Eight o’clock.

Aesop is barking for his breakfast. I just got back from the market with a few things. It was a little above freezing and cold. I saw a homeless man gathering empty bottles and cans for redemption at the same little store. He rode a bicycle, carrying four big black bags of containers. Why is it that every writing on my iPad turns into a moral teacher? It’s as though what Emerson said is true about all literature being moral. Now I sit on a couch still in my jacket, getting warm after my adventure. And speaking of moral, I should feed my dog and be his hero.

Got that done.

The cloudy winter sky stares down impassively on people as we pass each other on the streets, likewise indifferent to one another. We feed our pets but allow other people to starve, or at best scrounge for bottles to feed themselves. Instead of saying we, I ought to make it personal and say I. Because, it’s my guilty conscience prodding me, sitting comfortably at home while others have no home at all. Just the clothes on their backs, and a bicycle if they are lucky. I also wondered where he got his plastic bags if he didn’t buy them in a store. It’s too easy to dismiss the homeless by saying they only use their money to get drunk or high on drugs. More realistic to say, That could have been me.

Cruel and Kind

I finally put my letter in the mail at the post office this morning. Then Gloria and I had a breakfast at Carl’s Jr. She said, Thank you for being you. Out of curiosity I asked her where that came from. She said that her other client gave her a hard time over something trivial, a stream of verbal abuse for an hour. Gloria thinks she has control issues. I don’t know what to make of it but it’s silly. A lot of people can be quite illogical and unfair, without meaning to be. Elsewhere, Karen isn’t very nice to Kim either. For instance, when customers give Kim a tip sometimes, Karen demands that she hand it over to herself due to something Kim is doing wrong. Though I haven’t said anything, I don’t believe that’s fair at all. Karen’s kind of justice is like the Old Woman Who Lived in a Shoe.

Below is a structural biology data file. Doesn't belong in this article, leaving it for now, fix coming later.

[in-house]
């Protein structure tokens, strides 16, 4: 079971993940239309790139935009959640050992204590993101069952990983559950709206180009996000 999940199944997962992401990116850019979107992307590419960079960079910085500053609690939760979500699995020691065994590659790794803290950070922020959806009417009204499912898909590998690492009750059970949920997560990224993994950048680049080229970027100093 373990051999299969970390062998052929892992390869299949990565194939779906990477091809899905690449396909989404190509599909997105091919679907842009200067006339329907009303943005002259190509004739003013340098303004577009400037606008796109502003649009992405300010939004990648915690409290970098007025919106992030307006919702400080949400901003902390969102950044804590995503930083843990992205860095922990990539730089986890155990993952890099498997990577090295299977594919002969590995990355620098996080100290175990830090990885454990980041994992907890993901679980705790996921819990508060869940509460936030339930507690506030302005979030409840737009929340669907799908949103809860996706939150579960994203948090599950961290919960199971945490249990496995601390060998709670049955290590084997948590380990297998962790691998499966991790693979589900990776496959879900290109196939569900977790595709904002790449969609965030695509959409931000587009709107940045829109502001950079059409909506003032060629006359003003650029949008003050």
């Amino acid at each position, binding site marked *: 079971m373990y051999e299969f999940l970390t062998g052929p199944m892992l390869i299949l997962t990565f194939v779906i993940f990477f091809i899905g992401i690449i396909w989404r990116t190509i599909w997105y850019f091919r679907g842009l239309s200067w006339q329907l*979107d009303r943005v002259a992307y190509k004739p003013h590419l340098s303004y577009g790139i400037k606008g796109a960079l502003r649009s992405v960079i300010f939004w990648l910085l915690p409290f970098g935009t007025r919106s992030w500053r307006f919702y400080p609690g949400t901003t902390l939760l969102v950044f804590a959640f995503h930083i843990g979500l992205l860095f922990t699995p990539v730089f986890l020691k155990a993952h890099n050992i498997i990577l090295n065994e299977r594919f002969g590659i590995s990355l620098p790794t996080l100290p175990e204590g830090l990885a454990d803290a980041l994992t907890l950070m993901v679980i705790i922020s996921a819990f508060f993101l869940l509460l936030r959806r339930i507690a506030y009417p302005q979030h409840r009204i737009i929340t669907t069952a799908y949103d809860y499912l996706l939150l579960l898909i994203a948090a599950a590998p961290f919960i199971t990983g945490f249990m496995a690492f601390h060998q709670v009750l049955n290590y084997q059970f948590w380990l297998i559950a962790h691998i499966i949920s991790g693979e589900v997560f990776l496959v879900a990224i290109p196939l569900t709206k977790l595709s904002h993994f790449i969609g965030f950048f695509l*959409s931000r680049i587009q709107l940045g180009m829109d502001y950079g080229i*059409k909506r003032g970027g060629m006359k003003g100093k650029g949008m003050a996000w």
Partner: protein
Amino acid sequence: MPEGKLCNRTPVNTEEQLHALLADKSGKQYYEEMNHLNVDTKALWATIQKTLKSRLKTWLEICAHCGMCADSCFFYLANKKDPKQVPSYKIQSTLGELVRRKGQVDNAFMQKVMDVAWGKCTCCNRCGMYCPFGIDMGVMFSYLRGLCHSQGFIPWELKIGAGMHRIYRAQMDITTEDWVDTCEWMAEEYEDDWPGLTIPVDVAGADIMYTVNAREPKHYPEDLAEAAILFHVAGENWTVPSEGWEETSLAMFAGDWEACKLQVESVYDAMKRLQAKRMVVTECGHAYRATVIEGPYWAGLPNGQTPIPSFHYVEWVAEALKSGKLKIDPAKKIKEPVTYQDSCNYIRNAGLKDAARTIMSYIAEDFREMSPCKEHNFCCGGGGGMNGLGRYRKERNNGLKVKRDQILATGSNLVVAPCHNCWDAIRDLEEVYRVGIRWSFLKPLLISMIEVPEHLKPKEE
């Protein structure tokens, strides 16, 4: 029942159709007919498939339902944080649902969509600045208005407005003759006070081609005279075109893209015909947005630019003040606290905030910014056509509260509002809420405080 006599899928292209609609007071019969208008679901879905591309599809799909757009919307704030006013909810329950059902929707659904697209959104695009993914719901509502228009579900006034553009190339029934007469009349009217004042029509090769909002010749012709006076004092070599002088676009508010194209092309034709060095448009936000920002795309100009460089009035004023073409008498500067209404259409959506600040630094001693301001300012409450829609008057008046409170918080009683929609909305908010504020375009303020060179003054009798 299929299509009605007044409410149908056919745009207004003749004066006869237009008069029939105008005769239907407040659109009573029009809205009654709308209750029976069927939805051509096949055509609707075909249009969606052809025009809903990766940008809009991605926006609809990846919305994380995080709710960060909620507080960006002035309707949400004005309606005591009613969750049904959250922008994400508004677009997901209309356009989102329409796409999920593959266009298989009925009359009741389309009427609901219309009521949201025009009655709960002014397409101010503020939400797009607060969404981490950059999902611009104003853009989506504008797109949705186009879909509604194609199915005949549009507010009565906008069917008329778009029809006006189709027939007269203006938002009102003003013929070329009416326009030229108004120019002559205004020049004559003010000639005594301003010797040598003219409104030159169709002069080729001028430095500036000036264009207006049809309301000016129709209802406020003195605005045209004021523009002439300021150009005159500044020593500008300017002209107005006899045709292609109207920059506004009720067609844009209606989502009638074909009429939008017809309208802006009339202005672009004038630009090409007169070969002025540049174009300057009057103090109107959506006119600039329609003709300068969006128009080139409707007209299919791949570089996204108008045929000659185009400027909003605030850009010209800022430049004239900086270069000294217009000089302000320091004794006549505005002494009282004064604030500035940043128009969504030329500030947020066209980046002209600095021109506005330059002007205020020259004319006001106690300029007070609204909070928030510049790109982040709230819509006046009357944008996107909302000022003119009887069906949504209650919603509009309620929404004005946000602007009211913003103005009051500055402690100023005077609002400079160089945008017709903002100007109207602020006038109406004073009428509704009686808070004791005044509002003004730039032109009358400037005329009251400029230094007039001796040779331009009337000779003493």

There was an old woman who lived in a shoe
She had so many children she didn’t know what to do
So she gave them some broth without any bread
And whipped them all soundly and sent them to bed

Now maybe I’m not being very fair, but it’s what I see. I imagine this kind of treatment happens in many places, but it’s such an obvious wrong, no matter how they try to justify it. Gloria is an 81 year old woman, so I take that into consideration and try to do what’s right. Kim has health issues, so Karen’s treatment of her is really very egregious, but there’s nothing I can do.

Gee, I wonder what loosened my gob today! I probably feel relieved to get my business done, thanks to Gloria for driving me there and back.


Midnight hour.

I don’t know how to feel toward my parents now. But I’m actually kind of glad they’re gone and I’m left by myself to figure out this life. I’ve known two types of people in my experience, if it’s fair to label them one or the other. One type is the esthetic and the other is ethical, particularly religious. But it’s hard to accept that the ideas of just two thinkers, Kierkegaard and Dostoevsky, should be so definitive. What if they had never written anything? Another question is, is it possible to be ethical without religion? I know nothing about John Dewey’s philosophy, so I can look into that. David Hume believed that people are moral due to feelings of sympathy for each other. He didn’t link this to metaphysics, as I recall. What he called sympathy is really closer to our empathy, where you imagine yourself in another person’s place. It’s also a little like the Golden Rule, or do unto others… Generally, I’m stuck on the problem of where morality comes from, which is a question of meta ethics. Should Christianity be the sole authority on right conduct, or are there many roads to the same goal? And, can you have morals without metaphysics? Maybe the Christian existentialists were wrong… Though the whole world feels like a Christendom, this may not be the truth anymore. It’s hard to be objective when I’m still a member of a Christian church. It’s difficult to see where we’re at and where we’re going.


Nine twenty.